Marty Barrett, who sits on the board of trustees for the Police and Firemen’s Retirement System of New Jersey, reportedly objected to a Nike advertisement featuring American football star and civil right campaigner Colin Kaepernick.

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Financial wellbeing means stepping beyond pensions

Darren Laverty

From the blog: It is fair to say employers have been thinking about financial wellbeing for years – even before auto-enrolment offered most a workplace pension, and perhaps some other monetary protection benefits, such as life assurance or income protection.

But for many employees, this feeling that they are supported in their financial wellness is at best forgotten, and all too often invisible, soon after the initial orientation into their new job.

Your employee’s financial health has a huge impact on them, and in the long term poor financial health is likely to impact on your business. So, it makes perfect sense to support employees with their financial wellbeing.

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UK gilts: The inconvenient truth for schemes

Barbara Saunders

From the blog: Gilts have been a perennial favourite for UK pension schemes, not simply for their liability-matching properties, but also because of the returns they have delivered for schemes in years when markets have wobbled.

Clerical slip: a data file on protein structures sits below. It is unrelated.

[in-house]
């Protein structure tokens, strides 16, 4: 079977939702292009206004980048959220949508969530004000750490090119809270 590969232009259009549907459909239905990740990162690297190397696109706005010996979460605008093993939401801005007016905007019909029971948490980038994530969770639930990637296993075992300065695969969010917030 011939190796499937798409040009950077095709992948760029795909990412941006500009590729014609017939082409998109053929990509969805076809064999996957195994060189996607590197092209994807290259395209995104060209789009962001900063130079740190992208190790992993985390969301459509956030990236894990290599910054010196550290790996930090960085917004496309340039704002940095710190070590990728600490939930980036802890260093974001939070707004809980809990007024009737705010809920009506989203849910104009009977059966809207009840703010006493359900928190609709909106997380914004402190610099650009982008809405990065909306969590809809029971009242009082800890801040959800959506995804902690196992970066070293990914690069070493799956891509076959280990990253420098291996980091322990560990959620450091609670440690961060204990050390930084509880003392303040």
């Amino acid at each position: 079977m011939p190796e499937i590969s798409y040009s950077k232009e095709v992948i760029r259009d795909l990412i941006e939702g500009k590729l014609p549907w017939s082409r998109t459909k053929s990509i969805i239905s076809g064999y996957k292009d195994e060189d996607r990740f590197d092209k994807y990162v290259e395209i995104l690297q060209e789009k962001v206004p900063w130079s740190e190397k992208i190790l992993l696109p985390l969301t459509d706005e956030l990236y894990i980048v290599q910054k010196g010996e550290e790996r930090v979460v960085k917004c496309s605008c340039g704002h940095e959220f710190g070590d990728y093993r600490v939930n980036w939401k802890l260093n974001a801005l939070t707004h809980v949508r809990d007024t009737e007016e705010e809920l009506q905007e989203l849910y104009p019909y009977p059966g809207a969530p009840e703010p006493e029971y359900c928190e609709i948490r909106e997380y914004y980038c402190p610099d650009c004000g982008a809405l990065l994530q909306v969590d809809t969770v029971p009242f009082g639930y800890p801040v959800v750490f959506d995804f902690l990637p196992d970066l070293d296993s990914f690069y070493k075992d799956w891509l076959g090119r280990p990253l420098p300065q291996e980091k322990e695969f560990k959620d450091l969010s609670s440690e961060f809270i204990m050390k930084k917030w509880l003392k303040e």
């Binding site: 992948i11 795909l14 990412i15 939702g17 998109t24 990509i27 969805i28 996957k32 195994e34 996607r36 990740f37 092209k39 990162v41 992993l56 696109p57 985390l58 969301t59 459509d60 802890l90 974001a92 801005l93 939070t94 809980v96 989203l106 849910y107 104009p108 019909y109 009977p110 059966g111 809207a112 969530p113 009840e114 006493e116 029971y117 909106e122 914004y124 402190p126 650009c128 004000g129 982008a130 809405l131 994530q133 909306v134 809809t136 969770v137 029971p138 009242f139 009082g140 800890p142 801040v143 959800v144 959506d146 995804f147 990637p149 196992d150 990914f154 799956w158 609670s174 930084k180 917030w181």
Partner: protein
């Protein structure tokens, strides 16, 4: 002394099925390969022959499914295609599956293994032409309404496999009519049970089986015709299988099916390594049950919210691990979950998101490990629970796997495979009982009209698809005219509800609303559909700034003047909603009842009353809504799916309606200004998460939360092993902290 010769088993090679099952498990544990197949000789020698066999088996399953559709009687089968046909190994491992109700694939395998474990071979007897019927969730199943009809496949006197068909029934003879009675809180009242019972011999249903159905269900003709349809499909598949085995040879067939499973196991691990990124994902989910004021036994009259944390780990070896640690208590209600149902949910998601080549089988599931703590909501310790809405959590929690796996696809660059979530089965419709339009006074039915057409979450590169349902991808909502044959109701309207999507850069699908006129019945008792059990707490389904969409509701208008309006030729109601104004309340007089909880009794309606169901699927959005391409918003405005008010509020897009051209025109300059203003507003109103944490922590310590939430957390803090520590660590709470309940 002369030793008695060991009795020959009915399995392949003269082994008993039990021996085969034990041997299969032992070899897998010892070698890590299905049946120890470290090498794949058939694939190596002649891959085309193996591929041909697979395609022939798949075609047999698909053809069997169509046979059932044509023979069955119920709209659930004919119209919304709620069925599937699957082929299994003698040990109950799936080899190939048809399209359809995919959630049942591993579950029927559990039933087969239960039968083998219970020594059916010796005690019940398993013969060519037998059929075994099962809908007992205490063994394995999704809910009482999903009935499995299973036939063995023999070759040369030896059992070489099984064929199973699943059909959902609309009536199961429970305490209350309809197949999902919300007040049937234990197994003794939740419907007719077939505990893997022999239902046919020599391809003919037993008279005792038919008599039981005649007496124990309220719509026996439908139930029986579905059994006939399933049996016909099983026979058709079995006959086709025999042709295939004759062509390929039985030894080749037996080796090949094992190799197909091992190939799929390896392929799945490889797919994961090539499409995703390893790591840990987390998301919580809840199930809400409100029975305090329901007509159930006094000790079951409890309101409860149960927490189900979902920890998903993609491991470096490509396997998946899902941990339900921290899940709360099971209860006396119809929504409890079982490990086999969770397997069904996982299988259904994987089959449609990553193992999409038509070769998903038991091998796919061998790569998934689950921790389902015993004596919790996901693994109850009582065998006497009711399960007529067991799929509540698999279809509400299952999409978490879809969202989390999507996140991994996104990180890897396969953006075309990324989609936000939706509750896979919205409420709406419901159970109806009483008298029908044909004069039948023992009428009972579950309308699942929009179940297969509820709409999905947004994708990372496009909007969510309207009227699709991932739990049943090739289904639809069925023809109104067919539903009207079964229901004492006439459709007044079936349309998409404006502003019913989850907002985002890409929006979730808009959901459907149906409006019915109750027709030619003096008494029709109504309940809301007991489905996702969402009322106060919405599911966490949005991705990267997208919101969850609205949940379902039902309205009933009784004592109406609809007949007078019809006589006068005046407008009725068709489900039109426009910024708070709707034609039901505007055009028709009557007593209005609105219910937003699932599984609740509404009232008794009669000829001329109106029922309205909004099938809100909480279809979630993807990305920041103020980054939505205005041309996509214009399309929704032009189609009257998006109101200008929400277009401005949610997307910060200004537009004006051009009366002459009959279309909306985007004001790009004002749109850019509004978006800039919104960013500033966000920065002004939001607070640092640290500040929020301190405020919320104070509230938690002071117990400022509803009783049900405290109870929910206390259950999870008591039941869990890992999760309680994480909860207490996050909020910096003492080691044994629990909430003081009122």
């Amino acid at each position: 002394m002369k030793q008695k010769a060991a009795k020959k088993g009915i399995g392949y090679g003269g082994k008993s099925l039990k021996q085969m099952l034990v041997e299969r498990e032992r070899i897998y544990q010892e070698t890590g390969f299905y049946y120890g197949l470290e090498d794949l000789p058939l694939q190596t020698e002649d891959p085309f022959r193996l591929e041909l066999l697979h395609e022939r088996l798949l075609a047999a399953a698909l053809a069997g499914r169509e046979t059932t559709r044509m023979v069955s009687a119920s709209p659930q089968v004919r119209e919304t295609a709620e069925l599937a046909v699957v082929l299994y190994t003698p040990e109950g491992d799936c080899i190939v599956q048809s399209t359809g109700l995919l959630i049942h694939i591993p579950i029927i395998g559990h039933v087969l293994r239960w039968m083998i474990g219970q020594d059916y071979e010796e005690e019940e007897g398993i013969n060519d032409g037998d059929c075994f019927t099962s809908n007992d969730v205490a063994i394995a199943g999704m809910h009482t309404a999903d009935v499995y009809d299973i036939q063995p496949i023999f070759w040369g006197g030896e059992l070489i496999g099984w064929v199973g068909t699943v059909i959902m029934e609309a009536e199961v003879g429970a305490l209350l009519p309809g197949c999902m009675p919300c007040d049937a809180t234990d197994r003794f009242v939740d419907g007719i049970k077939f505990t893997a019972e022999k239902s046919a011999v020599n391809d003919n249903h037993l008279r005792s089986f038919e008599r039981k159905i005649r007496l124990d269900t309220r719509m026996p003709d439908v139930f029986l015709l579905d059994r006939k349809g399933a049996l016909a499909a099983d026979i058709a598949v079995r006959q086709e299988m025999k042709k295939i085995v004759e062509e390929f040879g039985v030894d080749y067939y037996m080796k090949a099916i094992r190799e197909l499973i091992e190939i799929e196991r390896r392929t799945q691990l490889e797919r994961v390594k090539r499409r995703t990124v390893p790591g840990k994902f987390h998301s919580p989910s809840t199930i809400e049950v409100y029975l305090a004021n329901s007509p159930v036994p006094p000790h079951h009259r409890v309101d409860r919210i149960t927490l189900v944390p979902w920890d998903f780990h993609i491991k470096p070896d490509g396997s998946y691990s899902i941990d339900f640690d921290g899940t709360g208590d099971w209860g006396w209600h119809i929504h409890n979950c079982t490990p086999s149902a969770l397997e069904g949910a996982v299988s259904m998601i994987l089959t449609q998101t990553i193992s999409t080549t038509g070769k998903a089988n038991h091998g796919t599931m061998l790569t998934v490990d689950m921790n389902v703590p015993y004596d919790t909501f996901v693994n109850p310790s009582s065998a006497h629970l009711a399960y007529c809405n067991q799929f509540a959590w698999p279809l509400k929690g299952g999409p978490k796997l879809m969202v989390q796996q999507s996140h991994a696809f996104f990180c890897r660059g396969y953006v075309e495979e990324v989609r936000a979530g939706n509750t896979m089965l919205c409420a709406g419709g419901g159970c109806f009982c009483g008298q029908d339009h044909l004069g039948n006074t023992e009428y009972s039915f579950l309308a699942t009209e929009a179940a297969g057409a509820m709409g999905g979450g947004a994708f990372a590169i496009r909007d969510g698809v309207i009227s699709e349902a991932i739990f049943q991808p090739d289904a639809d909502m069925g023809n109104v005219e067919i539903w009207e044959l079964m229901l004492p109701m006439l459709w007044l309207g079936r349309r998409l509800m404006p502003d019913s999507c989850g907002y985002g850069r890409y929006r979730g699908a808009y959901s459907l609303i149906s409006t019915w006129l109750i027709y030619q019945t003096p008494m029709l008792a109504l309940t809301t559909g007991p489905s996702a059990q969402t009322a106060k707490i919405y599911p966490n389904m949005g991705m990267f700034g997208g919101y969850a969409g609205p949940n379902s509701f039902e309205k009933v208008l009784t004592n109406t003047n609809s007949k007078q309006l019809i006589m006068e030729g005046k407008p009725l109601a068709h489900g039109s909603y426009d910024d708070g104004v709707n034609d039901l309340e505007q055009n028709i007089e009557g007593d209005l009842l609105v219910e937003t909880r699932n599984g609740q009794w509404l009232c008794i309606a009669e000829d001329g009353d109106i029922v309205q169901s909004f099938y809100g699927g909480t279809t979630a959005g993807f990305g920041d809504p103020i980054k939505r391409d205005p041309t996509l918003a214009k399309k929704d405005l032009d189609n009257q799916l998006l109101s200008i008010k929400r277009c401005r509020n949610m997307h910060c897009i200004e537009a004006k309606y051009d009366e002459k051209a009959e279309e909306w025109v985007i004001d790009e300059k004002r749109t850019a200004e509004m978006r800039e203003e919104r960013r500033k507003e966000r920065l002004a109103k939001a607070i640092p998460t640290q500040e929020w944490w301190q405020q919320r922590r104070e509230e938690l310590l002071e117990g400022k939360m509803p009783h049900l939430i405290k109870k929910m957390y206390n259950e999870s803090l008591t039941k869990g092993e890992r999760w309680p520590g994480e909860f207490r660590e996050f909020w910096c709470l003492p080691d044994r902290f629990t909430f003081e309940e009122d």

However, what was once a classic trade in times of trouble for risk markets now looks less compelling.

The unfortunate truth is that after years of declining yields (and corresponding gains for investors) the market environment has shifted significantly since the last downturn.

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Trustees must not shirk responsibility on DB transfers

Roy Murphy

From the blog: The Merchant Navy Officers Pension Fund has, in common with many other defined benefit pension schemes, seen a significant increase in transfers out of the fund since the introduction of pensions freedoms introduced three years ago under the then pensions minister, Steve Webb.

In fact, MNOPF saw a 100 per cent increase in transfers out in 2017 compared with 2016.

This trend was brought into sharp focus recently with the revelation that the Pensions Regulator has written to a number of schemes warning about excessive transfer values being paid out in some cases.